Government survives no confidence vote, but not without damage
The centrist government of President Emmanuel Macron on Tuesday survived confidence votes called by both the left and right over the scandal surrounding a top security aide who was filmed manhandling demonstrators at a Paris protest.
There was little chance of bringing down the government given the comfortable majority enjoyed by Macron's Republic On The Move (LREM) party in the lower-house National Assembly.
But opposition lawmakers seized the opportunity to denounce a "constitutional crisis" following revelations that Macron's office knew top security aide Alexandre Benalla, had roughed up two protesters while posing as a police officer.
Macron's office gave him a two-week suspension after learning of a video showing the incident, but did not report it to prosecutors.
Several have demanded that the government "explain itself" over the worst scandal since Macron took office in May last year.
"Since the acts under scrutiny appear to have been covered up by free passes at the highest levels of the state, there is indeed a 'Benalla affair'," Socialist MP Valerie Rabault told Prime Minister Edouard Philippe and other cabinet ministers ahead of the votes.
"The disease runs deep it's called presidentialism", said leftist leader Jean-Luc Melenchon, accusing Macron of holding himself above parliament and the judiciary.
But only 143 MPs voted in favour of the confidence vote brought by rightwing parties, far short of the absolute majority of 289 votes needed to topple the government.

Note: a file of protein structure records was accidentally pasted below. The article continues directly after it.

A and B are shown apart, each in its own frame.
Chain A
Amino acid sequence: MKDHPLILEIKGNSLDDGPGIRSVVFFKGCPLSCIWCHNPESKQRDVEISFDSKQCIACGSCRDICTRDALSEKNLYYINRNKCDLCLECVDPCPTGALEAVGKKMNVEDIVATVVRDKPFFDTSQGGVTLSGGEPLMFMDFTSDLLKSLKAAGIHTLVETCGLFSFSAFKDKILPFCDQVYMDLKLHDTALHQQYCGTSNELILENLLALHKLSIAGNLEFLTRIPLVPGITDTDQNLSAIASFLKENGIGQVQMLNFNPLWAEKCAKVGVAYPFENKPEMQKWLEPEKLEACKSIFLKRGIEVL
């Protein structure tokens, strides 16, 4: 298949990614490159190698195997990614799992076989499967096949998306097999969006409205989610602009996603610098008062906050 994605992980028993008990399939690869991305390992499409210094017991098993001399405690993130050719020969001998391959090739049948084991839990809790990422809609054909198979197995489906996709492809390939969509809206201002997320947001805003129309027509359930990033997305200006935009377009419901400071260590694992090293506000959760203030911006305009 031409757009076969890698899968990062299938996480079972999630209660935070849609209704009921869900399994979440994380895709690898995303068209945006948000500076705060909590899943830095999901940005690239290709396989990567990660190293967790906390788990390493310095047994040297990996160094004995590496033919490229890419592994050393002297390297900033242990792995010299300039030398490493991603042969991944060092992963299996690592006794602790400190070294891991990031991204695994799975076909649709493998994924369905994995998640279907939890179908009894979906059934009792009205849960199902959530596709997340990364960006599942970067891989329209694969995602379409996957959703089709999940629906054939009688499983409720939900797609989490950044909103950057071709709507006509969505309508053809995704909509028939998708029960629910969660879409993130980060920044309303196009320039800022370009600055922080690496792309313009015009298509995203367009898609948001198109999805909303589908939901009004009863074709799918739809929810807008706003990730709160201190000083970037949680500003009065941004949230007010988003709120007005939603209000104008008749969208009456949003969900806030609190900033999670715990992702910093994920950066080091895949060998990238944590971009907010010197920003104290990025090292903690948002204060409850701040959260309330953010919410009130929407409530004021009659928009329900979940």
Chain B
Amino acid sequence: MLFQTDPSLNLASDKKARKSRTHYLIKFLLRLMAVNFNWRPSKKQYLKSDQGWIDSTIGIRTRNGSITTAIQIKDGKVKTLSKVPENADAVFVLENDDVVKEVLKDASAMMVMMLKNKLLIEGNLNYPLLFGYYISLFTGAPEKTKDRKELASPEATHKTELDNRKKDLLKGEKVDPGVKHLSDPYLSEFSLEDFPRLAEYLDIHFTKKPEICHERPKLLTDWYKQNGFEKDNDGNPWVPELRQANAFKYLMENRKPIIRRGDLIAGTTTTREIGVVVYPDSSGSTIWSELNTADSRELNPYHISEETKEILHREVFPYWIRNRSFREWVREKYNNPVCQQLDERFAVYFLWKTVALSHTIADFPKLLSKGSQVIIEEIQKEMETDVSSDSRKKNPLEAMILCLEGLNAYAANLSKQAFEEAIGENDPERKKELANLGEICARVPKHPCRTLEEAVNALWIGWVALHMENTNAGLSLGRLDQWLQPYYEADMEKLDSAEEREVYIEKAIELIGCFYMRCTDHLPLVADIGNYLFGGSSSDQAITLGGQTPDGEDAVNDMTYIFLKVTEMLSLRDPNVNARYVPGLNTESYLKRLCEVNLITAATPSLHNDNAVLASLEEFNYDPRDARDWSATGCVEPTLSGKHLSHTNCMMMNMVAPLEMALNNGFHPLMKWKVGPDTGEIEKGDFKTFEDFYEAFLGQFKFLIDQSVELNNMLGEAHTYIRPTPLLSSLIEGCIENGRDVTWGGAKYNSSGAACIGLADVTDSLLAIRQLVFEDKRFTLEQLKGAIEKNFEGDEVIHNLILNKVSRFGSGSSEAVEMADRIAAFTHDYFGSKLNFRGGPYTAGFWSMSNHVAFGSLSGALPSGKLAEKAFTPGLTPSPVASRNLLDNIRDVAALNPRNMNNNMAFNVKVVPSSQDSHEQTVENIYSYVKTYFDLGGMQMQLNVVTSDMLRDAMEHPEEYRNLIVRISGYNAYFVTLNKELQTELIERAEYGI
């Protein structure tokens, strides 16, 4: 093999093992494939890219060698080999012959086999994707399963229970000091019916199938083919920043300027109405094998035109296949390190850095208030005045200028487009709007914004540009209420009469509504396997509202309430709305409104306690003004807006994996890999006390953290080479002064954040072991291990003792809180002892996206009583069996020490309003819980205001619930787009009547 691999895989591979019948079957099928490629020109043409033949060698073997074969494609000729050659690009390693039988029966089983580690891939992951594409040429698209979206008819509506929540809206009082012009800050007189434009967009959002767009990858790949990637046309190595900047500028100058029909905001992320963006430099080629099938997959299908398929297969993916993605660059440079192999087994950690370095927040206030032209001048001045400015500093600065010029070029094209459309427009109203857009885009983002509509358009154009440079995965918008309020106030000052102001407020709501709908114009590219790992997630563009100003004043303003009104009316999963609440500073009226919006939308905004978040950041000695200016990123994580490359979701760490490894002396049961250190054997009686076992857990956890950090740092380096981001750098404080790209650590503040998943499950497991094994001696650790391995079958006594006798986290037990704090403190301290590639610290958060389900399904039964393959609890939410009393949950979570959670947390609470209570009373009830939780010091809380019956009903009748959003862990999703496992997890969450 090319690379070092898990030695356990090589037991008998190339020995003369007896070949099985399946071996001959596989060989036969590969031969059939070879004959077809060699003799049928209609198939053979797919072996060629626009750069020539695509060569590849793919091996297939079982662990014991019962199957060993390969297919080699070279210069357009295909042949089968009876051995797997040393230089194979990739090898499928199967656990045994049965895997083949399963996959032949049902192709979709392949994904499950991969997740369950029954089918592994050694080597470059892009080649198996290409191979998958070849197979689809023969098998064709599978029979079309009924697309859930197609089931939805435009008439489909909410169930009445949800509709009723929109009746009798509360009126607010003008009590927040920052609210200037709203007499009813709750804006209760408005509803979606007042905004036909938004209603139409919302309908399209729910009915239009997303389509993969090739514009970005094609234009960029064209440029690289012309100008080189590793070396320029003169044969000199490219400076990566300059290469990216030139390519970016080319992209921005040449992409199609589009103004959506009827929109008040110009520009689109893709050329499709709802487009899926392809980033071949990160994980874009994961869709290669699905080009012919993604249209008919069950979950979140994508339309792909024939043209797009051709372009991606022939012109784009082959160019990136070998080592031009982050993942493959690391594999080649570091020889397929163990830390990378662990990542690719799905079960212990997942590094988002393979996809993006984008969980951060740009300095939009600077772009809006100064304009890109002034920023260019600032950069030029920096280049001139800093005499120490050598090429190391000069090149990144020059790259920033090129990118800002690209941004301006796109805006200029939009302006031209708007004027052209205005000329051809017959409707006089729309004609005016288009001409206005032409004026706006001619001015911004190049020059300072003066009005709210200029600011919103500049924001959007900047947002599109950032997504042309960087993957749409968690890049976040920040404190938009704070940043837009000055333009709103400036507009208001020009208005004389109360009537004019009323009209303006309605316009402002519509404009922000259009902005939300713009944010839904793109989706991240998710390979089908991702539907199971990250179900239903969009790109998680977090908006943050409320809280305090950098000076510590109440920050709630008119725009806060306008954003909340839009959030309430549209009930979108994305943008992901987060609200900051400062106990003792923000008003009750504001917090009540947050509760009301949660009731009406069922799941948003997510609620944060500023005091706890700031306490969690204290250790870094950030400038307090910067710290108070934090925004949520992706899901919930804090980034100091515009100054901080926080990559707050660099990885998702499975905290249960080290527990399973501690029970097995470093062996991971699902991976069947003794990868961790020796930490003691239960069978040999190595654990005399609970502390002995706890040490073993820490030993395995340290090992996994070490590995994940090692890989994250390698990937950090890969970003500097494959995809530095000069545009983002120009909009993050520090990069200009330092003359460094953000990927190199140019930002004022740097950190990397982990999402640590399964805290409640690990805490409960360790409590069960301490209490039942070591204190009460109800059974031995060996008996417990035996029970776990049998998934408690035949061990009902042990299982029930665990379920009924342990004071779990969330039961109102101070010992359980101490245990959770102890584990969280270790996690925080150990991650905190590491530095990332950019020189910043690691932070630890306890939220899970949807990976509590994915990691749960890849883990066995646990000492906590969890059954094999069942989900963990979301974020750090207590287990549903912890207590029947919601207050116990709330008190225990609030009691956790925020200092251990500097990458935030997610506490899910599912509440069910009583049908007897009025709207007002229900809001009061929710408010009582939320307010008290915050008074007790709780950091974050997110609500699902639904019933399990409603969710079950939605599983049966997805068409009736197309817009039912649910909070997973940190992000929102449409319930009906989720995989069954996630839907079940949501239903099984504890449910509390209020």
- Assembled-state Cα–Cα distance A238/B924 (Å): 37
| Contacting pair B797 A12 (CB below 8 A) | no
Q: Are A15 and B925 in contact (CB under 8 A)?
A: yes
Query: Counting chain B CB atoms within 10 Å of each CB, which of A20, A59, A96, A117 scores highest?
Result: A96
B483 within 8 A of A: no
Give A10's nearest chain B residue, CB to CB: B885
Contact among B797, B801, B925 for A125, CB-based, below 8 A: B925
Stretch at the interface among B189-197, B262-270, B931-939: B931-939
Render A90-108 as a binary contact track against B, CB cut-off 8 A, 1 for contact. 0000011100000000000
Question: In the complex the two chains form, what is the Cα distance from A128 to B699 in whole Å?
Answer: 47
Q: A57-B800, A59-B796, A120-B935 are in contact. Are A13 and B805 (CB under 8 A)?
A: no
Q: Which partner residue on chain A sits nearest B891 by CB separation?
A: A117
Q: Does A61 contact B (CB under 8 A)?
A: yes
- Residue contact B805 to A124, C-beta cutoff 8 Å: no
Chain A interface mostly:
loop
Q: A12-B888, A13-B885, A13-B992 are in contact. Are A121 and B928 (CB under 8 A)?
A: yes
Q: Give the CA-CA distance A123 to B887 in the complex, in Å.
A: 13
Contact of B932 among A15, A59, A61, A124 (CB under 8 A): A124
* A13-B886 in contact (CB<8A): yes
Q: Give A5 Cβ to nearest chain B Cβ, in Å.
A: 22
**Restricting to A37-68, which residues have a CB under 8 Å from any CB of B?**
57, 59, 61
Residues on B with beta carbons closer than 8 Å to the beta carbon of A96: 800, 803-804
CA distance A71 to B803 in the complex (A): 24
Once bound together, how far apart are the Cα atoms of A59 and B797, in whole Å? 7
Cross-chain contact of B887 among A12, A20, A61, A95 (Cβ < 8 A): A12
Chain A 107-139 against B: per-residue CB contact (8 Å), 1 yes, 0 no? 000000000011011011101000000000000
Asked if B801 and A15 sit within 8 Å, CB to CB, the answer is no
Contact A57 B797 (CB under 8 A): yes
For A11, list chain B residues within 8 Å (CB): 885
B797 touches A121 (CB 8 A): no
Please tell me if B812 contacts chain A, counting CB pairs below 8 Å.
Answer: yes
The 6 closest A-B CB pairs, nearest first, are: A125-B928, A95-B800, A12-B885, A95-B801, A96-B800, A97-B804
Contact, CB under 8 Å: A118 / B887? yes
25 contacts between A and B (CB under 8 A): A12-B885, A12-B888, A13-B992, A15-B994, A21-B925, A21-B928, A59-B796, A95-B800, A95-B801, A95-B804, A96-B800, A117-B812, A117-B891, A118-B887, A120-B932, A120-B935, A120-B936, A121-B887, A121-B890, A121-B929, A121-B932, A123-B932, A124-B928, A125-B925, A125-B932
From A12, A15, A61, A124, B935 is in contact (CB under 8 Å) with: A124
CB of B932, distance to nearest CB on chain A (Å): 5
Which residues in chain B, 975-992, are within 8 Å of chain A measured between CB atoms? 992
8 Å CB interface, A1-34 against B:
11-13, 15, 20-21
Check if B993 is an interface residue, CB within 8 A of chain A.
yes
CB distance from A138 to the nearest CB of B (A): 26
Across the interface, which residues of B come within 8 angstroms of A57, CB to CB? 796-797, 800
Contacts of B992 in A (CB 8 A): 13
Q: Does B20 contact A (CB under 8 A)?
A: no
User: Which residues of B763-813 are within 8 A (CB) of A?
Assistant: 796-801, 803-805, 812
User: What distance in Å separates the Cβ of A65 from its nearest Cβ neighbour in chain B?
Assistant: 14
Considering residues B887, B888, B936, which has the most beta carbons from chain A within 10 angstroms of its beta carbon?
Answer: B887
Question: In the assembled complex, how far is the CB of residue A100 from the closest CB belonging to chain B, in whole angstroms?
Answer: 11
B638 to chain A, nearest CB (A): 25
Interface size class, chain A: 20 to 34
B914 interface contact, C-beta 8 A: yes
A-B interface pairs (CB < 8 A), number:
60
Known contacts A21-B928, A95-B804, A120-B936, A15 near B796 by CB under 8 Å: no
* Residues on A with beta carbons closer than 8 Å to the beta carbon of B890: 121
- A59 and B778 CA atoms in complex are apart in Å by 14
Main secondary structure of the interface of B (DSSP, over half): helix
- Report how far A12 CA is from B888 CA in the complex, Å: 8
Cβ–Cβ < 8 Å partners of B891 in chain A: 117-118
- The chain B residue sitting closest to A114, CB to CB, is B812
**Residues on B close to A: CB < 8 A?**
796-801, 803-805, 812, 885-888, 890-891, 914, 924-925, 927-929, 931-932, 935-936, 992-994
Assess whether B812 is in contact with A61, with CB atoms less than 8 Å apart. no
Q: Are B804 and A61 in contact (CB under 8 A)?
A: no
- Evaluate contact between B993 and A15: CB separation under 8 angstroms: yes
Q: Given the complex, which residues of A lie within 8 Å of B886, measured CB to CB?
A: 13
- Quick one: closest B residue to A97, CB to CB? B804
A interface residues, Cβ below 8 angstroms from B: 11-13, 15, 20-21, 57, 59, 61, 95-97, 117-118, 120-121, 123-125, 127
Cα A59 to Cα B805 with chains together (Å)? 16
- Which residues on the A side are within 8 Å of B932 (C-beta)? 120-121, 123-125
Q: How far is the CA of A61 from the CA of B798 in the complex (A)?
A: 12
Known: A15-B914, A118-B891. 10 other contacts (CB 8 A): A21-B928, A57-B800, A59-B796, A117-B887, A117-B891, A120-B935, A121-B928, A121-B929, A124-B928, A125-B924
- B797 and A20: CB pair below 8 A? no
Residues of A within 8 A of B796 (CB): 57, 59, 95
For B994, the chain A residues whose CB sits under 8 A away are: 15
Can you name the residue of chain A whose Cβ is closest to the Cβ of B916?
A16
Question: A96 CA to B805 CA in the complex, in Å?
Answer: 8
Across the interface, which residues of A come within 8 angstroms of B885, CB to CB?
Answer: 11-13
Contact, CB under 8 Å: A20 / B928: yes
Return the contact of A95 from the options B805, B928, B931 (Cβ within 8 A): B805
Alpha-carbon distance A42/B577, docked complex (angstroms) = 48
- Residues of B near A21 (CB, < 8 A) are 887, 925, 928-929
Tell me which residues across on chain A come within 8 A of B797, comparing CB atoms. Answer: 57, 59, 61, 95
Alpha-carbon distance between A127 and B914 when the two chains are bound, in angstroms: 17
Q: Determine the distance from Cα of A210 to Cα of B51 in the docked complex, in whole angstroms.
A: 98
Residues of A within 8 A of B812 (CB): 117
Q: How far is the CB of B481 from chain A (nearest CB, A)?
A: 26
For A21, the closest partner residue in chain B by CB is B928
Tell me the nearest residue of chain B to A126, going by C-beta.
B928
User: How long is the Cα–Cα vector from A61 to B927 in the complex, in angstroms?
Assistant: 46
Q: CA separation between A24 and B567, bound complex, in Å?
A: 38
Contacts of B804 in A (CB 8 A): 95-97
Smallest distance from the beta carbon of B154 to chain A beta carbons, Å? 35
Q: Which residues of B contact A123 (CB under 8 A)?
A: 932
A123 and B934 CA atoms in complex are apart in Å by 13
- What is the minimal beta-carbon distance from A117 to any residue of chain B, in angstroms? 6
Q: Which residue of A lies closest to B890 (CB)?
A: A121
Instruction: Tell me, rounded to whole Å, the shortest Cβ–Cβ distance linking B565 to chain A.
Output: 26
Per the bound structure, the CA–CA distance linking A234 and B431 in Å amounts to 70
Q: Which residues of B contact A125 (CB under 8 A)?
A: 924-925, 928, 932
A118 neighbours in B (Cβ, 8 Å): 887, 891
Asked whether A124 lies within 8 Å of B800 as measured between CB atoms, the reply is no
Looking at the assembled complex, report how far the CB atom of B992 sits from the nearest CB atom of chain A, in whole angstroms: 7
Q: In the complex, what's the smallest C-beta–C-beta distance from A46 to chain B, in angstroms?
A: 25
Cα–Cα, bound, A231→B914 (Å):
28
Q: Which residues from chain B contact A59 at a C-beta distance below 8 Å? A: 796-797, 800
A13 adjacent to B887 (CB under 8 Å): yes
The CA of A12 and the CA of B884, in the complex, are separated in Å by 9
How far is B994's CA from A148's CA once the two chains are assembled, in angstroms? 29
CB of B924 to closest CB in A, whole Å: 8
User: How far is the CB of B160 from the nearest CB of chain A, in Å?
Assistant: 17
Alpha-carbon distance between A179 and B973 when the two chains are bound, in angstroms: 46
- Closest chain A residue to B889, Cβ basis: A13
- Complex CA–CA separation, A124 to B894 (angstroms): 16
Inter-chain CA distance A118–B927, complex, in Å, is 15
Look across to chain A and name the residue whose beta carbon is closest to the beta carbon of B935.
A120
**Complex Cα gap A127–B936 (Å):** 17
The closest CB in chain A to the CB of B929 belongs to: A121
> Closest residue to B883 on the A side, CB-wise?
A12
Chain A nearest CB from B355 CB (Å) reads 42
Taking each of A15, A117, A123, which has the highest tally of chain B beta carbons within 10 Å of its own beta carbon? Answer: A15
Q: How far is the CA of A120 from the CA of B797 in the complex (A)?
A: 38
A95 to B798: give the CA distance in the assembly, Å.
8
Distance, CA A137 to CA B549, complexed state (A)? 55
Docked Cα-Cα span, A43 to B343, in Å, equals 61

The confidence vote called by leftwing groups also failed, garnering just 74 votes.
Numerous senior officials have already been hauled before parliamentary commissions over their responses to the affair, with LREM chief Christophe Castaner the latest to appear on Tuesday.
Macron has dismissed the scandal as a "storm in a teacup" but his opponents have continued to heap criticism on his handling of it, calling on him to address the nation.
The affair has taken a toll on the president's poll ratings, which are at their lowest since the former investment banker won the presidency last year on pledges to restore integrity and transparency to government.
Benalla, Macron's 26-year-old former chief bodyguard, was charged with assault and impersonating an officer after the video showing him hitting a protester and wrestling another while wearing a police helmet was published by French daily Le Monde this month.
He was also wearing a police armband at one point and was in possession of a police radio, though in hearings officials have said they do not know how he got them.
Days after the video emerged his was fired.
Prosecutors on Monday opened a new investigation over allegations from two more protesters that Benalla also manhandled them, hours before the incident that sparked the scandal.
In several media interviews, he has insisted that he was trying to help the police by bringing aggressive demonstrators under control, and that he himself did not use violence.
He was wearing a helmet that he was given for his own protection while attending the protest as an observer, he added.
LREM lawmakers have dismissed the votes as an attempt to derail Macron's reform drive, with the debate over planned constitutional amendments already set back by the row.
"Trying to bring down a government and its reforms because one official went out of control?" tweeted LREM spokesman Gabriel Attal.
Macron will be hoping for some respite as MPs head off on their summer break Wednesday.
Confidence votes are fairly common in France: there have been more than 100 since the current constitution was adopted in 1958.
Only once has such a move actually brought down a French government, that of Georges Pompidou in 1962.
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